Kinetic Chain Check Points
I have been posting for the past two years on topics related to healthy living, but I have yet to give you a definition of what “health” is. I will attempt to do that today. According to Webster, health is “the condition of being sound in body, mind, or spirit.” Wikipedia defines health as “the level of functional and metabolic efficiency of a living organism. In humans it is the ability of individuals or communities to adapt and self-manage when facing physical, mental, psychological and social changes with environment.” According to the World Health Organization, health does not merely represent the absence of disease, but also reflects a state of optimal physical, social, and psychological well-being.
That’s a good start, but how do you assess whether or not you are healthy? In the physical dimension we use measurements such as blood pressure, blood lipid counts, percentage of body fat, and body temperature to assess where we are in relation to acceptable standards of health. In addition, there are dozens of postural, movement, and performance assessments that measure our physical condition and capabilities. I want to focus on one postural assessment and apply it to other areas of our life.
The kinetic chain is the combination and interrelation of the actions of the nervous, muscular and skeletal systems to create movement. All systems of the kinetic chain must work together to produce movement. If one system is not working properly, it will affect the other systems and overall movements.
Our body has five kinetic chain check points: feet, knees, hips, shoulders, and head. A static postural assessment gives you a “big picture” of how someone uses his or her body day in and day out. When performing a standing postural assessment, we check 24 areas related to these kinetic chain check points from three distinct viewpoints: eight from the front (anterior), eight from the side (lateral) and eight from the back (posterior). We check these areas because training with proper posture ensures optimum results and decreases the risk of developing muscle imbalances, joint dysfunctions, and tissue overload which can lead to injury.
One of the things we check from the anterior and posterior view is whether the knees are turned inward (valgus). Valgus knees are a biomechanical imbalance that can lead to IT-band tendonitis, Patellofemoral syndrome or an ACL injury. Valgus knees are caused by specific muscles that are potentially overactive (Adductor complex, Biceps femoris, Lateral gastrocnemius, Vastus lateralis, Tensor fasciae latae (TFL), and specific muscles that are potentially underactive (Medial hamstring, Medial gastrocnemius, Gluteus Medius, Gluteus maximus, Anterior or posterior tibialis, Vastus medialis). Our job as trainers is to identify these imbalances and design corrective exercises that address the over utilized and underutilized muscles. We use four interventions: – inhibiting (Self Myofascial Release (SMR) such as foam rolling) and lengthening (static stretching) overactive muscles and activating (active isolated movements) and integrating (active integrated movements) underactive muscles.
Enough of the technicalities; let me get to the practical application of how we can apply these principles to other areas of our life. I can’t address every area in this post, so let me use the example of a father who needs to spend more time with his children. This would be an example of a relational dysfunction.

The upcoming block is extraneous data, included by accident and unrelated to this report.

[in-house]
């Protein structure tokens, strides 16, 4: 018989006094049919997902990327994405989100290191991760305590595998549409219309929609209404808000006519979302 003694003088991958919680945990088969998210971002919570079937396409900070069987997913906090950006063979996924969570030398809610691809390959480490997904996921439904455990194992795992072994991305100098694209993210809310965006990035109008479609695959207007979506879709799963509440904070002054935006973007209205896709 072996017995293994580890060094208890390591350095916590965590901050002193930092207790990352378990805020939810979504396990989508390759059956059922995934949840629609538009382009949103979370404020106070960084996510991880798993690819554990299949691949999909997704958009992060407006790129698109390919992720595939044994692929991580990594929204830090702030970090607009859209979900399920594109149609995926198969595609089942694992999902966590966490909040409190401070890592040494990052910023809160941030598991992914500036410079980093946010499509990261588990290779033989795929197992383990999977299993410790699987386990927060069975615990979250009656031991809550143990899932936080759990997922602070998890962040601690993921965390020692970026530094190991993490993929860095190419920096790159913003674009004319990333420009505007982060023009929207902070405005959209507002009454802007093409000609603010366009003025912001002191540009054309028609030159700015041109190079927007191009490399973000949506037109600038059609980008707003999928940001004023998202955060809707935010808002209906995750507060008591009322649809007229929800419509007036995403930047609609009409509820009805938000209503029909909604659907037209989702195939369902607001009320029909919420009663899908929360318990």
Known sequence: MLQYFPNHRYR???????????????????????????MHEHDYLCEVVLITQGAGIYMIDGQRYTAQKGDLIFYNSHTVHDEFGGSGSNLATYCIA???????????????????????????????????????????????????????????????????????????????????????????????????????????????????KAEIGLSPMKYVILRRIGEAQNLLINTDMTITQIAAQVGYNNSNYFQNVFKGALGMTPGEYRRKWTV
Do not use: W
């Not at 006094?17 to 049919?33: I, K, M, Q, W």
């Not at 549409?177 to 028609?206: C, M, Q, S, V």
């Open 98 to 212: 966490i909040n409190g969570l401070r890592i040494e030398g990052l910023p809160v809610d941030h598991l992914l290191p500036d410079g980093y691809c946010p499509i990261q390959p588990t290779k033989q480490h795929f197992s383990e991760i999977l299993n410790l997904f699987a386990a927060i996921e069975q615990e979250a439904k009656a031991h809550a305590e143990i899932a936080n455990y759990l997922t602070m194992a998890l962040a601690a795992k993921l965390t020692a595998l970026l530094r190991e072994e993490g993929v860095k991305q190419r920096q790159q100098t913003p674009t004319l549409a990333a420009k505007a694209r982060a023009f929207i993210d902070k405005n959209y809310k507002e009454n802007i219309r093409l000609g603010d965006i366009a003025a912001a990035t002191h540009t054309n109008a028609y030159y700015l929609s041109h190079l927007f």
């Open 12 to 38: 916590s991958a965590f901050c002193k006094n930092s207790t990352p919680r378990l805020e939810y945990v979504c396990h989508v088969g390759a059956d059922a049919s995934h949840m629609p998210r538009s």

First, we need to look at the situation from multiple perspectives. In the field of organizational development, they call this triangulation. For example, if a company wanted to improve customer service, they need to get the perspective from each of the affected stakeholders: suppliers, employees, customers etc. This would correlate to viewing our posture from the anterior, lateral, and posterior views. There are some things which you can only see from a particular vantage point.
Next, we need to recognize that we are not always in the best position to assess ourselves; we need others to check us out. In the book “Streams of Living Water” by Richard Foster, he states, “We invite others to travel the journey with us. Such persons become both companions and mentors. They provide us with discernment, counsel, and encouragement. Often, we are too close to our own training plan to see that we are overachieving and setting ourselves up for failure (overactive muscles – my addition). Or to see that sloth is setting in (underactive muscles – my addition) and we need encouragement to venture out into the depths.”
After we have identified our overactive and underactive “muscles” we need to make the necessary changes to bring the affected area of our life back into alignment. Which overactive activities do we need to reduce? This could be altering work assignments or schedule, or outside activities. Which underactive activities do we need to increase? This could be being home to eat dinner with the family, helping our child with homework at night or getting involved in a weekend extra curricula activity such as hockey or gymnastics.
The main requirements are to recognize that there is a problem, be open to help and commit ourselves to do whatever is necessary to fix the problem. We need to be patient with ourselves. It probably took a while for the problem to develop, so it might take a while to resolve it. Coming into proper alignment though is always worth the effort.
Perhaps starting the new year right should include a five-point “postural” assessment that covers these areas: